The Islamophobia accusation as an instrument of strategic silence
But while the criticism of the Catholic Church and Christianity in general, strengthened by centuries of disputes under the sign of secularism, is now recognized as legitimate, criticism of Islam is often silenced by the generic and instrumentalized accusation of “Islamophobia” This is the religion of a minority in Europe that is often exposed to racial discrimination, but to be able to criticize sharply, not only of the political use of religion, but also of the religion itself or of religion in general , is a human right and should not simply be equated with a call to intolerance towards its followers.
A simple experiment is sufficient to grasp the instrumental character of the word “Islamophobia”. Let’s replace the word “Islam” with “Christianity” and wait and see what happens. At prides and demonstrations one sees aggressively anti-religious and blasphemous signs and slogans, what the (Christian) Church certainly does not please. You can find these slogans inappropriate, tasteless and much more, but so far no one who has presented them has been accused of “Christianophobia”, of hatred of Christians, just because they are Christians.
It is different in the case of Islam. If, however, the CEMB, the Council of Ex-Muslims of Britain, accuses the East London Mosque – and admittedly vehemently, but not without reason – of approving the persecution of homosexuals, then it is certainly not out of “Islamophobia”, that is, because of one almost paranoid and unjustified obsession with persons of Muslim faith, but because the mosque has repeatedly invited preachers who have called for hatred against homosexuals in their services. The mosque could have responded to the well-founded allegations of the CEMB with a charge of defamation instead of the discussion to move to another level with the Islamophobia accusation and thus effectively prevent it.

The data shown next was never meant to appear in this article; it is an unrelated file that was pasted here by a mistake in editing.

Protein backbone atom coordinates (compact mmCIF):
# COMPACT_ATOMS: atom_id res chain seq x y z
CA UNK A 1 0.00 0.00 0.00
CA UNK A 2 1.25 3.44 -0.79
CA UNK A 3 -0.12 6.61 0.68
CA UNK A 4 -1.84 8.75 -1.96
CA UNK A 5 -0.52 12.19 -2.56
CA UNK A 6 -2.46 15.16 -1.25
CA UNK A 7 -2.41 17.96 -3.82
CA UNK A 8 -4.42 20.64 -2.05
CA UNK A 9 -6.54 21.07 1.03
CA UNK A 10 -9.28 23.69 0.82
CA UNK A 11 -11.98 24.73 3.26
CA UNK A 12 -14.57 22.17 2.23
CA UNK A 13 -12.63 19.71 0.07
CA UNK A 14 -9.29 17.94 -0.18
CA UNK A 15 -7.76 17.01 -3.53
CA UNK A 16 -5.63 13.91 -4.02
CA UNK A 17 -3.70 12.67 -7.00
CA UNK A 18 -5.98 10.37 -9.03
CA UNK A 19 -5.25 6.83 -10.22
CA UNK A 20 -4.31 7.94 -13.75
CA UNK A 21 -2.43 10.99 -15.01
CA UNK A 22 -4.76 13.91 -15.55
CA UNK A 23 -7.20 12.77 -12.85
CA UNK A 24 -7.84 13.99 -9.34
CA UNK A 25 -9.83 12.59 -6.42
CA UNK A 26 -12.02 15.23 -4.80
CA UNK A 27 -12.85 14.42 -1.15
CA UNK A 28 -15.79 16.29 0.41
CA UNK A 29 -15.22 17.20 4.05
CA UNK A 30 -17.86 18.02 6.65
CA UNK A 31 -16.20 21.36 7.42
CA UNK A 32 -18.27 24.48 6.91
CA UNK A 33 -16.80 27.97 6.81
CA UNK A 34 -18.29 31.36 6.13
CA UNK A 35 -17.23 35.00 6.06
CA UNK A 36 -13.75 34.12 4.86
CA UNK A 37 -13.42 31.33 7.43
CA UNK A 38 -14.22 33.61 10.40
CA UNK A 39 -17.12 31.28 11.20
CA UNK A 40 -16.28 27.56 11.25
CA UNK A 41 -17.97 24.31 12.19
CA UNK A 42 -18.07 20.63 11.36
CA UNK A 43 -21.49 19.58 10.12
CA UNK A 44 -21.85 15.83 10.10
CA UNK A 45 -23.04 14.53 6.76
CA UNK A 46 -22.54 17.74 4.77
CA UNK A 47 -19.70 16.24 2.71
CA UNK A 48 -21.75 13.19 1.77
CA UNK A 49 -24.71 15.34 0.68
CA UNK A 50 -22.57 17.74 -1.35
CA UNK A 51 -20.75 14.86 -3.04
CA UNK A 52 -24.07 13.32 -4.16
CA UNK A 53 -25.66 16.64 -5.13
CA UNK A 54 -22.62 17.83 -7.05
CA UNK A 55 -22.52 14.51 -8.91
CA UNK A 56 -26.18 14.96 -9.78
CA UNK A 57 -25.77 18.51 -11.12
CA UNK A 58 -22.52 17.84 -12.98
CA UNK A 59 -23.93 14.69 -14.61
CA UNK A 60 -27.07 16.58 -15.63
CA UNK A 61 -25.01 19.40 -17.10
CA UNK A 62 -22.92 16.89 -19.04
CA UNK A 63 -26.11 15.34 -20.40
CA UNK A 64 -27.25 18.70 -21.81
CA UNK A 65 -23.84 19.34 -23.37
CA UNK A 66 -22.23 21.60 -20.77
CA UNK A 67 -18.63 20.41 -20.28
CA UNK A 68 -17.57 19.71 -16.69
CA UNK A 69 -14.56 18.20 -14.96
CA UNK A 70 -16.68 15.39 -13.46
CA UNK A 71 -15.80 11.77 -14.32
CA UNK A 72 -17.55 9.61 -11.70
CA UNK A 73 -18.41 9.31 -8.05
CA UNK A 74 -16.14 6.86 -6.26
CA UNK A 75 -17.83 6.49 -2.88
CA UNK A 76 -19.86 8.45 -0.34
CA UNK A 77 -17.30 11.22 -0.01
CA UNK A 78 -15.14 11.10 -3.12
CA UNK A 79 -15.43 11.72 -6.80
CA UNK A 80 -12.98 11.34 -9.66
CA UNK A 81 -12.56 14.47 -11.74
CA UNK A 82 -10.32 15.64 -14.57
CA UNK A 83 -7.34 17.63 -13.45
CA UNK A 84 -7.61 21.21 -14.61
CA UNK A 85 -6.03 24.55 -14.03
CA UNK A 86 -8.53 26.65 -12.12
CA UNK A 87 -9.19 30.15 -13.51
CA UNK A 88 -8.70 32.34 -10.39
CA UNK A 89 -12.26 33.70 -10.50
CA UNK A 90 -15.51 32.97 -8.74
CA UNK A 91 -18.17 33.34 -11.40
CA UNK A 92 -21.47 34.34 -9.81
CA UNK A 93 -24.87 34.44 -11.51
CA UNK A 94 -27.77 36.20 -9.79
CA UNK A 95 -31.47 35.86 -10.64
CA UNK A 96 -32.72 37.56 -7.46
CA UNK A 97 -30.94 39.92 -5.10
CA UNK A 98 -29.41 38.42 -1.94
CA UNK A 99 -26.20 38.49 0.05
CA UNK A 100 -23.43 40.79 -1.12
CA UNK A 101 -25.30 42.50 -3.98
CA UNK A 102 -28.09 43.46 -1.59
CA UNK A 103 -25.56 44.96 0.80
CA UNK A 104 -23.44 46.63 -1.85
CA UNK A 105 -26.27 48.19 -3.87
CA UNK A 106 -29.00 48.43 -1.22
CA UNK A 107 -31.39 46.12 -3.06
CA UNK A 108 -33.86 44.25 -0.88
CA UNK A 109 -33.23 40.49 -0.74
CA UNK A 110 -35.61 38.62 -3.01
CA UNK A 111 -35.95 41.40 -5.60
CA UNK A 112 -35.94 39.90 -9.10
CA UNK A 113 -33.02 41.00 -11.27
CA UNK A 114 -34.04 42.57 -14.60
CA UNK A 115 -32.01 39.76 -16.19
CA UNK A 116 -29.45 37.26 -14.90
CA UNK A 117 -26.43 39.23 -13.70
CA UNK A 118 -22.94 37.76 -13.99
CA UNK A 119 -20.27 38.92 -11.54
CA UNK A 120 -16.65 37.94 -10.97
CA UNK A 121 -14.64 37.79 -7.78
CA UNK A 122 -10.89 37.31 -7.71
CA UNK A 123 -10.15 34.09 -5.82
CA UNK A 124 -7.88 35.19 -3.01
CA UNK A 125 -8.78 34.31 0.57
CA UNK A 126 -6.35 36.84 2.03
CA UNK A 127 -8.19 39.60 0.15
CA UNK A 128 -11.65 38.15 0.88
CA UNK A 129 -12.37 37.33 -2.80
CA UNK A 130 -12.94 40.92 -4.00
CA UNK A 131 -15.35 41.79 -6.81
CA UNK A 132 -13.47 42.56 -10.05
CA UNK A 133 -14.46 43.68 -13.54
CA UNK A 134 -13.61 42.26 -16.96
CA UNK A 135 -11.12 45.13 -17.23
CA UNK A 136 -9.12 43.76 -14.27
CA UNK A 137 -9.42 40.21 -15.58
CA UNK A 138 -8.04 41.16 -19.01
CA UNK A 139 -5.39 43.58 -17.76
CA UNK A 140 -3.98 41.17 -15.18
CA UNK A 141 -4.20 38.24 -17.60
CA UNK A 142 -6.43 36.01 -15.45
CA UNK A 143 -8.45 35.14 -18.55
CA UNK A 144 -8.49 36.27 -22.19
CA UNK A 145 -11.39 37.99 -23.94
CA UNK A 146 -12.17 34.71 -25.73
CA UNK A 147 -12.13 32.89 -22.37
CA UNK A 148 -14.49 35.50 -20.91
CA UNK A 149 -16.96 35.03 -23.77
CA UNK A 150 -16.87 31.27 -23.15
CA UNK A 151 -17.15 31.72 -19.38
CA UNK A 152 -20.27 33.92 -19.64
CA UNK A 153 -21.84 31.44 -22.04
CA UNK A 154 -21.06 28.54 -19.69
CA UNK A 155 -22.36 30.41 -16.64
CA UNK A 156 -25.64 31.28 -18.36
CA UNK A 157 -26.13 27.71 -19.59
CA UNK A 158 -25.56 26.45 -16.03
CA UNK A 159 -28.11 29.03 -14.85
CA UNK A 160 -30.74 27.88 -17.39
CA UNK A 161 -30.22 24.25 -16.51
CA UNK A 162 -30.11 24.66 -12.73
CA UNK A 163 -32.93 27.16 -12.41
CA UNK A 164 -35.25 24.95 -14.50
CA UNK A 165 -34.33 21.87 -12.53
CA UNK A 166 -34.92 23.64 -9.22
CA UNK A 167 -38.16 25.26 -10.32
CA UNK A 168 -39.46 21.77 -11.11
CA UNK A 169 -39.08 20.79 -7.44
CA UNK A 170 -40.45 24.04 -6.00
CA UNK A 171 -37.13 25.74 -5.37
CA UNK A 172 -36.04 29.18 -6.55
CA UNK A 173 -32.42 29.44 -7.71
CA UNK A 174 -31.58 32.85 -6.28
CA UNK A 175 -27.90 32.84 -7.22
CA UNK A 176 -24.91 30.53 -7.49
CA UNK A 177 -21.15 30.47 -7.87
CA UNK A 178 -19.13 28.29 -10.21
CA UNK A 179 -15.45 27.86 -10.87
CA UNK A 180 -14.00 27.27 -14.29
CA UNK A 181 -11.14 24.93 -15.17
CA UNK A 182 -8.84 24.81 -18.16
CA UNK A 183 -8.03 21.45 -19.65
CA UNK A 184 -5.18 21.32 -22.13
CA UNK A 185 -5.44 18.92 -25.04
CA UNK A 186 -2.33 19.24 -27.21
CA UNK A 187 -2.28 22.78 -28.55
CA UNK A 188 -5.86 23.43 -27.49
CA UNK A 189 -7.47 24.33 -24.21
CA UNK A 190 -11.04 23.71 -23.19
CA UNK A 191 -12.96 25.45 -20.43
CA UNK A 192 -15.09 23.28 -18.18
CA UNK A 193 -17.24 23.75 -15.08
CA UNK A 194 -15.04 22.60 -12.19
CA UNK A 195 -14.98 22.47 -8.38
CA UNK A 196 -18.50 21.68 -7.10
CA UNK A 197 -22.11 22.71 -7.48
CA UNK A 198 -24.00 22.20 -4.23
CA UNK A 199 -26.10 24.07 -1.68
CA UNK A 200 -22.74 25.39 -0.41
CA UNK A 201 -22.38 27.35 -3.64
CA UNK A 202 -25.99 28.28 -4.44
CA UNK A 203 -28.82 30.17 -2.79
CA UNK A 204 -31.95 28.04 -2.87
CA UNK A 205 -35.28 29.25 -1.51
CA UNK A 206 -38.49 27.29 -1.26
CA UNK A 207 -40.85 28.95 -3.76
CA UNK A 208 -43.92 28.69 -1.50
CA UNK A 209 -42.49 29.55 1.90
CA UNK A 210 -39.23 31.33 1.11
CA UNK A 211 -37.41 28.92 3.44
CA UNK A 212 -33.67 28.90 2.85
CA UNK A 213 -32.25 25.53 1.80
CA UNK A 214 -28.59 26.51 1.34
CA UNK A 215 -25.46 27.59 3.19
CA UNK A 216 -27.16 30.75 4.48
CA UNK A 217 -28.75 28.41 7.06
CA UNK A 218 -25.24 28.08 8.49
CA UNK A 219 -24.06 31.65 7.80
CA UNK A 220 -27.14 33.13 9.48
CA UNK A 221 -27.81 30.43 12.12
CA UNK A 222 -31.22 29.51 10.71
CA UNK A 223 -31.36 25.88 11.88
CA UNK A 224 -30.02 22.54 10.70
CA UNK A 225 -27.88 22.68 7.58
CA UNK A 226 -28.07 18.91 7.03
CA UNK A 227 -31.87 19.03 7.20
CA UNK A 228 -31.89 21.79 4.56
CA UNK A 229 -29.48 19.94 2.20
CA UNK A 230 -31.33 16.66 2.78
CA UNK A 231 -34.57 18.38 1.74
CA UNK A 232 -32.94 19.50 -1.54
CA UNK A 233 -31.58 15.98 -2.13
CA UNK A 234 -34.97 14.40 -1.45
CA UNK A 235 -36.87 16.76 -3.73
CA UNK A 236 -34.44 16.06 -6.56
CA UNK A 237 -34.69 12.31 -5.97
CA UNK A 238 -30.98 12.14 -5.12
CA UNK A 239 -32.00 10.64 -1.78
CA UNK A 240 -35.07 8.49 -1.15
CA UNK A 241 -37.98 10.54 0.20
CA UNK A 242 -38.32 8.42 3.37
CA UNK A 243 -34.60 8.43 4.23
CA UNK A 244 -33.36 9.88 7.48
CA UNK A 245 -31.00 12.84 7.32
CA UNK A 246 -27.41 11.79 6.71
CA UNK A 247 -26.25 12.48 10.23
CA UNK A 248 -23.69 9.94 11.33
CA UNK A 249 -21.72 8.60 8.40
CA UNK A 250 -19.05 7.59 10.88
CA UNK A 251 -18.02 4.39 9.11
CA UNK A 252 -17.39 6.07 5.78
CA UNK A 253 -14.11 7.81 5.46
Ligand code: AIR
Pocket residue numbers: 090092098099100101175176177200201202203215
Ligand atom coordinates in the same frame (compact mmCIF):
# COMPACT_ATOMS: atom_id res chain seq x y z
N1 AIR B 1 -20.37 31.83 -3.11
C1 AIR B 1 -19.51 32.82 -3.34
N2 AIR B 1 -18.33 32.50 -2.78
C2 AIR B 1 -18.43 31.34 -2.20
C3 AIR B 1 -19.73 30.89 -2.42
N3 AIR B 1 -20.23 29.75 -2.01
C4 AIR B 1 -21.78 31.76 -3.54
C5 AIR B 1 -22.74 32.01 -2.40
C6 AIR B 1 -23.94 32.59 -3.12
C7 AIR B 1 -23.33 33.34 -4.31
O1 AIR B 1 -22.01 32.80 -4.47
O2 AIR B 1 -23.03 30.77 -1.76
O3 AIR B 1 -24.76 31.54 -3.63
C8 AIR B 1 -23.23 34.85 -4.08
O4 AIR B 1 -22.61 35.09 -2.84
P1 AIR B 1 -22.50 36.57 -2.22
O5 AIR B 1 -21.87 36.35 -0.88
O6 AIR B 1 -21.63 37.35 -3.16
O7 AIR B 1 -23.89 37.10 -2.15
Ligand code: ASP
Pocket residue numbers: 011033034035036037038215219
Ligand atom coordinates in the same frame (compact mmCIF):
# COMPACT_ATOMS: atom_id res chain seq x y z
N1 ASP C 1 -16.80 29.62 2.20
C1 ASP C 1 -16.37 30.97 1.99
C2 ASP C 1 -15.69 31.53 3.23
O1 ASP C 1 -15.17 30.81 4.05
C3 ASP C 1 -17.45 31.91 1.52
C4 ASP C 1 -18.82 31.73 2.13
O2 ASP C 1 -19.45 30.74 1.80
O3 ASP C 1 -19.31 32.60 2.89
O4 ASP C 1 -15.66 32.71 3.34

The Islamophobia accusation is used in this way as a “weapon of mass distraction”, often in combination with “but also”: Sure, there are homophobes among Muslims, “but also” we non-Muslims have a major homophobia problem.
What exactly is the purpose of such an argument? Perhaps that is to say that “we”, because “we” have the same problem, have no right to criticize “the other”? Such an argument reveals an unconscious racism that distinguishes between “us” and “the others”.
However, as soon as “the others” live here, among and with “us”, they are no longer “the others”, but are part of the collective “we” that make up the political community – the political, not the identitary, not the religious, not the ethnic community – the political community based on a pact of coexistence. If the allegation of Islamophobia is brought up blindly and indiscriminately, one also loses sight of the true Islamophobes who actually exist, namely all who hate Muslims for being Muslim.
With the word “Islamophobia” one turns Islam into a subject that is in itself worthy of protection. But legal subjects can only be persons, not religions or ideas. The paradox is this: If one shifts the focus from persons to religion, the If they belong to, these persons are worthy of protection because of their religion, i.e. their role as Muslims, Christians, etc., and not because they are persons.
To put them all in the category of Islamophobes – on the one hand, the racists and xenophobes who target Muslims because they are Muslims, and on the other hand, the advocates of criticism of all religions in the name of the universal principles of democracy, equality and human rights – to lump them together is a deeply unjust, intellectually insincere move, that is, above all, extremely dangerous and primarily plays into the hands of the racists. Where it is still understandable that such a tactic is used by fundamentalists who can only benefit from reducing everything to a question of racism, it is far less understandable when certain intellectuals let themselves be harnessed to these carts that make themselves refer to as progressive and left. In the end, that only benefits the Islamists – when the existence of xenophobic, racist and anti-Islamic movements becomes an alibi to criticize any radicalization of religion.
 Olivier Roy, La laïcité face à l’islam, Paris 2005
 Jocelyne Cesari, French Islam – Areligious minority in construction, Bari 2002, p. 146.
 ibid., pp. 163-185
 Gilles Kepel, Das Schwarzbuch des Jihad. Aufstieg und Niedergang des Islamismus.
 “Dieses Votum sagt nicht, was alle Deutschtürken denken”; Die Zeit, 17.4.2017.
 Schadenfreude ist das Letzte, was wir jetzt brauchen, in: Die Zeit, 20.6.2017.